Meetings are a hallmark of corporate culture. Ray Williams, author of The Leadership Edge, stated that executives and managers spend 40-50% of their time in meetings.
This increase in meetings has resulted in the working week expanding, Williams wrote in Psychology Today. In turn, meetings then become longer – even if work isn’t being done.
Instead, Williams suggests decreasing the number and length of meetings. “We have a limited amount of cognitive or what they call ‘executive’ resources,” Williams stated. “Once they get depleted, we make bad decisions or choices. Business meetings require people to commit, focus and make decisions, with little or no attention paid to the depletion of the finite cognitive resources of the participants … the three or four hour project meetings may be counterproductive.”
A common suggestion is the creation of ‘No Meetings Wednesdays’. However, banishing a day of meetings altogether can prove problematic if a situation calls for one. Instead, many experts suggest meetings must simply be streamlined and optimised in order to gain the most out of them and reduce the necessity of having multiple meetings on the same issue.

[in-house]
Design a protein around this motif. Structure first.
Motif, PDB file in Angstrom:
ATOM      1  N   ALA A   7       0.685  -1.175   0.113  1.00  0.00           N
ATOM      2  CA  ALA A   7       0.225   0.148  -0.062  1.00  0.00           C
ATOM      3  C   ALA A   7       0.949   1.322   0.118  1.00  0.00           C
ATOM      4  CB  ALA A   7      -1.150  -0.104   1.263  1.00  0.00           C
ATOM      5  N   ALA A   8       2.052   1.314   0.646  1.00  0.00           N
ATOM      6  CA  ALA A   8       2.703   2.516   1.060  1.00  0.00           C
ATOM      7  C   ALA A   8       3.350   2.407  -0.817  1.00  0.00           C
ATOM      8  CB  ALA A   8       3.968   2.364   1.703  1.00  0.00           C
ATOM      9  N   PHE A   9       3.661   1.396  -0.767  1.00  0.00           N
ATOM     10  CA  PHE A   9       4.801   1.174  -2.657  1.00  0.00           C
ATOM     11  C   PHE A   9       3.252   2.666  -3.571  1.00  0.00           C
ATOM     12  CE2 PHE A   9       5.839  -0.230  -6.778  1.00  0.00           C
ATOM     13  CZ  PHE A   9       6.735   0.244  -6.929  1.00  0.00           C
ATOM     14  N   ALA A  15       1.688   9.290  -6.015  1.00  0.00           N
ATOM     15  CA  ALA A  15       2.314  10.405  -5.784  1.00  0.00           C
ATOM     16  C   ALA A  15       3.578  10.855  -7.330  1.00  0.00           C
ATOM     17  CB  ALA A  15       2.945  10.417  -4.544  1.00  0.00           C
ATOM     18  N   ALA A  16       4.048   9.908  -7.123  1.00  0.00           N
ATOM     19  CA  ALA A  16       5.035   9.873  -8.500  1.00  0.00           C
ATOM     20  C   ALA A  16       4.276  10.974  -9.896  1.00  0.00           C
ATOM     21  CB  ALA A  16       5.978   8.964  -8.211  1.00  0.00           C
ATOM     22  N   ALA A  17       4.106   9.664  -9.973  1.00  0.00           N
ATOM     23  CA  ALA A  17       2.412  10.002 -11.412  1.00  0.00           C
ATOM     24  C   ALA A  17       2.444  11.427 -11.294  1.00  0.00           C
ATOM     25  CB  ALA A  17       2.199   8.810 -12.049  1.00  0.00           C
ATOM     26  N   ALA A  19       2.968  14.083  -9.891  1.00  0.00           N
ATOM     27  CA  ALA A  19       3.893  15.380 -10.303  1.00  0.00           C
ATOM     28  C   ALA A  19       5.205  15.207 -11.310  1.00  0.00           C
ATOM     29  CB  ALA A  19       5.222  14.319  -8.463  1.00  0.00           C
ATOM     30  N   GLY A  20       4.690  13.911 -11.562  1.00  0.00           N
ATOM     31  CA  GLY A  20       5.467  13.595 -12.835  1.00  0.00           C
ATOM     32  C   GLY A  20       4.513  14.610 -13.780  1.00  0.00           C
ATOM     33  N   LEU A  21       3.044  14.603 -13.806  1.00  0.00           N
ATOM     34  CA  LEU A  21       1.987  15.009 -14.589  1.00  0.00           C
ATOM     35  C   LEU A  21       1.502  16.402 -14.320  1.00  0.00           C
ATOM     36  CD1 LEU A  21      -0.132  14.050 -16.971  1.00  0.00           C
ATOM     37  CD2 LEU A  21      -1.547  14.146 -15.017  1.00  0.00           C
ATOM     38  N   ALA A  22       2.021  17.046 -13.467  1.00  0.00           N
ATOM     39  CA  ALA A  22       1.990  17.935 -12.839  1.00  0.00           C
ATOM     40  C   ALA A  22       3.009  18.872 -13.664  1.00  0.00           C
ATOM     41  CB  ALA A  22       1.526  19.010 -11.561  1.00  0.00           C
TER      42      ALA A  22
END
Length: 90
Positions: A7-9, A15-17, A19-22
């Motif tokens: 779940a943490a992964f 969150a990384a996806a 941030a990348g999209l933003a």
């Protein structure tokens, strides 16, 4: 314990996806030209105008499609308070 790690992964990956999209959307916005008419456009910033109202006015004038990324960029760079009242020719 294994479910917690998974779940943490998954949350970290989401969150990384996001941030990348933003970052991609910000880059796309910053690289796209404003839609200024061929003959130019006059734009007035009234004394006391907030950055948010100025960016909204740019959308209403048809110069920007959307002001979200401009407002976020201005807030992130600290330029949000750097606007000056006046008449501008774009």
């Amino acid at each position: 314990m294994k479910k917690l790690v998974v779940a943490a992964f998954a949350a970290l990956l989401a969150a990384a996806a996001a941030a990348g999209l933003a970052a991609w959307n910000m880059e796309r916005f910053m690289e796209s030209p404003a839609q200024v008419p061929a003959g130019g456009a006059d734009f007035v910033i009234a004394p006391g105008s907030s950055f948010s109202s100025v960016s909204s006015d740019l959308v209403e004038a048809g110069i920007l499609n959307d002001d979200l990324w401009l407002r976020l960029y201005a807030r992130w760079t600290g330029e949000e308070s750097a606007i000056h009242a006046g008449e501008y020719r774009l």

Key HR takeaways
Dr Ken Hudson, author of The Idea Generator, gave HC a number of tips on how to improve meetings, including:
Short daily meetings vs longer weekly ones: Encourage faster meetings – have people stand instead of sit, highlight the achievements over the last day and run through what needs to be done. These ‘huddles’ get everyone involved, ensure they all have a firm grasp on what they need to be doing, and should only run for 10-15 minutes.
Change standard times: Most people use electronic calendars through Outlook or other services. By default, these generally set appointments to one hour blocks. Start double-checking this, and schedule meetings – for instance – to run for half an hour instead. This will dispense with long intros and idle chat, focusing the shorter meeting on the issues at hand.
Make the agenda flexible: Keep meetings open for questions and allow staff to share ideas. Don’t get side-tracked, but stay focused on the outcome more than how you get there – you may find that a quicker and more insightful path to a result blossoms from one participant raising an idea not strictly on the agenda.
Establish the purpose: When organising the meeting, make it clear to all what needs to be discussed. As obvious as it sounds, many meetings fall apart because the participants are not clear on what they are trying to achieve. This may also help you determine if a meeting is necessary – if you struggle to pinpoint a goal, maybe you should just send off an email.
Measure effectiveness: Review your meetings and analyze what works and what doesn’t. You may also wish to survey those who attended the meeting and get their feedback.